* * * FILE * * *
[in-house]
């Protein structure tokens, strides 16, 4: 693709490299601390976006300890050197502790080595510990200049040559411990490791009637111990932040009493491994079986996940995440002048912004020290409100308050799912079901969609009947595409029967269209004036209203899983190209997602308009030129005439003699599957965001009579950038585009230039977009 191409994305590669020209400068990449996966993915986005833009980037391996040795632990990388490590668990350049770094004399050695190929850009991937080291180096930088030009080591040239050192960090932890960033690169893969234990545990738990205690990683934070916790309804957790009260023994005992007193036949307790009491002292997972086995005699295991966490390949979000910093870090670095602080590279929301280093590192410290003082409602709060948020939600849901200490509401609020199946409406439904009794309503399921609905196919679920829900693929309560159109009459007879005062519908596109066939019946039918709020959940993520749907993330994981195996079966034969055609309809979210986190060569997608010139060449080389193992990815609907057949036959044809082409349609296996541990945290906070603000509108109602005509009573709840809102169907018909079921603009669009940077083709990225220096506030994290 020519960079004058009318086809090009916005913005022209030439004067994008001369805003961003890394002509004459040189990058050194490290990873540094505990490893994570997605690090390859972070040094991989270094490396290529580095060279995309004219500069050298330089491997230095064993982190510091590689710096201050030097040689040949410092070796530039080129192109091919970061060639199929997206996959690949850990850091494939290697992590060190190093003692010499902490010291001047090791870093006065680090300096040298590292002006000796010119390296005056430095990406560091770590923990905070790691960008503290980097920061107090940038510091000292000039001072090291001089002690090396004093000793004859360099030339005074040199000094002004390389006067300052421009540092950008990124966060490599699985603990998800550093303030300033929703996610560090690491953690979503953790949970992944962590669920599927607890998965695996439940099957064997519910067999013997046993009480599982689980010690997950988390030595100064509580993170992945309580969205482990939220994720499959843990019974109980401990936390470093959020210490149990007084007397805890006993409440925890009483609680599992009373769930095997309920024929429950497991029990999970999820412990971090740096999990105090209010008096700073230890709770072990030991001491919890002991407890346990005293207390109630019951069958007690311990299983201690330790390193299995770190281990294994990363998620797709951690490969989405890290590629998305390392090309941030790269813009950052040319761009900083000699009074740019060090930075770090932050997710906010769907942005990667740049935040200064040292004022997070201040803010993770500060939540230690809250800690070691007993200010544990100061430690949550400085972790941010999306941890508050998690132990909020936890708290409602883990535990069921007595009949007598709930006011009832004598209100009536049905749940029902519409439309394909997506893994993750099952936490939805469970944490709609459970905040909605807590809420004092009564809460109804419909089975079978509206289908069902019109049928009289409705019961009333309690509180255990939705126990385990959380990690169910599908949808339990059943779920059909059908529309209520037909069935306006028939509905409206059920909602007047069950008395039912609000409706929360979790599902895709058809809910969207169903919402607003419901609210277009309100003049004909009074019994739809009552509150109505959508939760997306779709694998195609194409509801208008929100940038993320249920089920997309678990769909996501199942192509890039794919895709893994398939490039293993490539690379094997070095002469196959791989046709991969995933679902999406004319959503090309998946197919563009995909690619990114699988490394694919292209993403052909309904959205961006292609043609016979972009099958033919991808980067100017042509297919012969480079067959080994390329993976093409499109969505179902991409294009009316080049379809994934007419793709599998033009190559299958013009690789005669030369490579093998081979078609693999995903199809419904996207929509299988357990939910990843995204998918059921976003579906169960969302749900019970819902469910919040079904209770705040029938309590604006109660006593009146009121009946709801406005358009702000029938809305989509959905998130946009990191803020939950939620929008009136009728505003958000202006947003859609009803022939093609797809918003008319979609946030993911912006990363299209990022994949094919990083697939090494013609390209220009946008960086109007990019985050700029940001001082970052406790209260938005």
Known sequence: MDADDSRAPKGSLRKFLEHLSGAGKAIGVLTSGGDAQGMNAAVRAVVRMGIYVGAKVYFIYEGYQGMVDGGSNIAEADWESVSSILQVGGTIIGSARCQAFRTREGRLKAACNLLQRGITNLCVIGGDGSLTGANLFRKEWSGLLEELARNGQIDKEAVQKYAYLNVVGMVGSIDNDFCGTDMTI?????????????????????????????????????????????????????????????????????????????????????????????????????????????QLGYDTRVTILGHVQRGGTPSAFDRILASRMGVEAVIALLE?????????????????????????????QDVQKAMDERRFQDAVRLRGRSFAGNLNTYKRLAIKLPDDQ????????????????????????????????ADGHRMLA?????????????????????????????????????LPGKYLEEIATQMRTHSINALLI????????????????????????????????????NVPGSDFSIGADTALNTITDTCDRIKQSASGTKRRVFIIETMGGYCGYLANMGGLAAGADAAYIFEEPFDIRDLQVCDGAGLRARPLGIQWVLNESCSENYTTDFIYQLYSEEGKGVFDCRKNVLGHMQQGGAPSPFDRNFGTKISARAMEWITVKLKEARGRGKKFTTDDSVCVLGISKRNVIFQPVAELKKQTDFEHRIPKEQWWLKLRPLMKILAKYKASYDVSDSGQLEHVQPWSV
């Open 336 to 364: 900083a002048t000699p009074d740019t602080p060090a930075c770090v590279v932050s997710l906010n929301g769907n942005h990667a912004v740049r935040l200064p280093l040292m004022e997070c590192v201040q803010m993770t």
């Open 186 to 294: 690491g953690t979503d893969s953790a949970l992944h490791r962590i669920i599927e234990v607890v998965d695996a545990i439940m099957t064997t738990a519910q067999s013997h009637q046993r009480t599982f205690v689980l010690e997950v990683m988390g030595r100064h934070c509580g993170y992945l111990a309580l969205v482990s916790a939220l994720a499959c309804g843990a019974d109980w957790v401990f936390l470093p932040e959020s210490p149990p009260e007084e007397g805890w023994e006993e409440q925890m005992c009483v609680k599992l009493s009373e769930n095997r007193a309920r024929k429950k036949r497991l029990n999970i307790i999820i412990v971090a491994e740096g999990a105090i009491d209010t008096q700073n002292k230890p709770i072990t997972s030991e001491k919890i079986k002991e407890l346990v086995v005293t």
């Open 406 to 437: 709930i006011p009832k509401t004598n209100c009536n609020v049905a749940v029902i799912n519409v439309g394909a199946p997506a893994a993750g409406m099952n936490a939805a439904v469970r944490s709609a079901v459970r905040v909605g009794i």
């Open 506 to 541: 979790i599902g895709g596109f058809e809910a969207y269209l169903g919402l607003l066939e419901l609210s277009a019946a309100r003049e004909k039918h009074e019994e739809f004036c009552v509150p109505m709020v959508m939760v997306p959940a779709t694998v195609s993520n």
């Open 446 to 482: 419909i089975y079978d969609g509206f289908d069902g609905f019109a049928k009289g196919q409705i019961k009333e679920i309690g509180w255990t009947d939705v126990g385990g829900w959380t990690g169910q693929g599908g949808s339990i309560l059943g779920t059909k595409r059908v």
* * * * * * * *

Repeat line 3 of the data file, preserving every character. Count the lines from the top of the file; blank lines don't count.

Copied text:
Known sequence: MDADDSRAPKGSLRKFLEHLSGAGKAIGVLTSGGDAQGMNAAVRAVVRMGIYVGAKVYFIYEGYQGMVDGGSNIAEADWESVSSILQVGGTIIGSARCQAFRTREGRLKAACNLLQRGITNLCVIGGDGSLTGANLFRKEWSGLLEELARNGQIDKEAVQKYAYLNVVGMVGSIDNDFCGTDMTI?????????????????????????????????????????????????????????????????????????????????????????????????????????????QLGYDTRVTILGHVQRGGTPSAFDRILASRMGVEAVIALLE?????????????????????????????QDVQKAMDERRFQDAVRLRGRSFAGNLNTYKRLAIKLPDDQ????????????????????????????????ADGHRMLA?????????????????????????????????????LPGKYLEEIATQMRTHSINALLI????????????????????????????????????NVPGSDFSIGADTALNTITDTCDRIKQSASGTKRRVFIIETMGGYCGYLANMGGLAAGADAAYIFEEPFDIRDLQVCDGAGLRARPLGIQWVLNESCSENYTTDFIYQLYSEEGKGVFDCRKNVLGHMQQGGAPSPFDRNFGTKISARAMEWITVKLKEARGRGKKFTTDDSVCVLGISKRNVIFQPVAELKKQTDFEHRIPKEQWWLKLRPLMKILAKYKASYDVSDSGQLEHVQPWSV